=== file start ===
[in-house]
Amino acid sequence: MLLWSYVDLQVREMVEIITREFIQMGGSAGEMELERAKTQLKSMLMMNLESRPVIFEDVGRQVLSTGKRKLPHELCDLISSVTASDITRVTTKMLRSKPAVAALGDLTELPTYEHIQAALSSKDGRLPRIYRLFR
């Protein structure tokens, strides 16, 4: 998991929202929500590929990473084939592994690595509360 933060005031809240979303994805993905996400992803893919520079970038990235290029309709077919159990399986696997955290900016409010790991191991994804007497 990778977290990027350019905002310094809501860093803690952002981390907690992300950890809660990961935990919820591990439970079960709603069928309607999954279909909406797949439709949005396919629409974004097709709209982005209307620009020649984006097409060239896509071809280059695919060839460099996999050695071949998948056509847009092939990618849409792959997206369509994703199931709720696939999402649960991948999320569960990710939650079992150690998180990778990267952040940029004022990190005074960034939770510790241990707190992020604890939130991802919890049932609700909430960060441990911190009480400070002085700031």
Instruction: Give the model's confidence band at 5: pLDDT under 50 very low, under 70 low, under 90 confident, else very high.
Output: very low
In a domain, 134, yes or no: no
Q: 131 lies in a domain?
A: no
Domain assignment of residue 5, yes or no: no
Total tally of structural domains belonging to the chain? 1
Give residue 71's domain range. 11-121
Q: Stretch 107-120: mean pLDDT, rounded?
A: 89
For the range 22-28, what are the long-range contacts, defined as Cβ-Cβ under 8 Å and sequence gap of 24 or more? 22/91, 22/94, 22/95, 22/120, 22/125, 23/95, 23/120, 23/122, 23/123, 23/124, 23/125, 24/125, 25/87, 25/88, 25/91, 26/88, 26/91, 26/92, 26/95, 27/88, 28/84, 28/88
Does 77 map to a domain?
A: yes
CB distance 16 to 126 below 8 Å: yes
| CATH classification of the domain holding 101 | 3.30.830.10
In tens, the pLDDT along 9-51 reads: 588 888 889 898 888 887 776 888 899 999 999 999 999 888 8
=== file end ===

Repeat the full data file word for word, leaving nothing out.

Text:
[in-house]
Amino acid sequence: MLLWSYVDLQVREMVEIITREFIQMGGSAGEMELERAKTQLKSMLMMNLESRPVIFEDVGRQVLSTGKRKLPHELCDLISSVTASDITRVTTKMLRSKPAVAALGDLTELPTYEHIQAALSSKDGRLPRIYRLFR
């Protein structure tokens, strides 16, 4: 998991929202929500590929990473084939592994690595509360 933060005031809240979303994805993905996400992803893919520079970038990235290029309709077919159990399986696997955290900016409010790991191991994804007497 990778977290990027350019905002310094809501860093803690952002981390907690992300950890809660990961935990919820591990439970079960709603069928309607999954279909909406797949439709949005396919629409974004097709709209982005209307620009020649984006097409060239896509071809280059695919060839460099996999050695071949998948056509847009092939990618849409792959997206369509994703199931709720696939999402649960991948999320569960990710939650079992150690998180990778990267952040940029004022990190005074960034939770510790241990707190992020604890939130991802919890049932609700909430960060441990911190009480400070002085700031």
Instruction: Give the model's confidence band at 5: pLDDT under 50 very low, under 70 low, under 90 confident, else very high.
Output: very low
In a domain, 134, yes or no: no
Q: 131 lies in a domain?
A: no
Domain assignment of residue 5, yes or no: no
Total tally of structural domains belonging to the chain? 1
Give residue 71's domain range. 11-121
Q: Stretch 107-120: mean pLDDT, rounded?
A: 89
For the range 22-28, what are the long-range contacts, defined as Cβ-Cβ under 8 Å and sequence gap of 24 or more? 22/91, 22/94, 22/95, 22/120, 22/125, 23/95, 23/120, 23/122, 23/123, 23/124, 23/125, 24/125, 25/87, 25/88, 25/91, 26/88, 26/91, 26/92, 26/95, 27/88, 28/84, 28/88
Does 77 map to a domain?
A: yes
CB distance 16 to 126 below 8 Å: yes
| CATH classification of the domain holding 101 | 3.30.830.10
In tens, the pLDDT along 9-51 reads: 588 888 889 898 888 887 776 888 899 999 999 999 999 888 8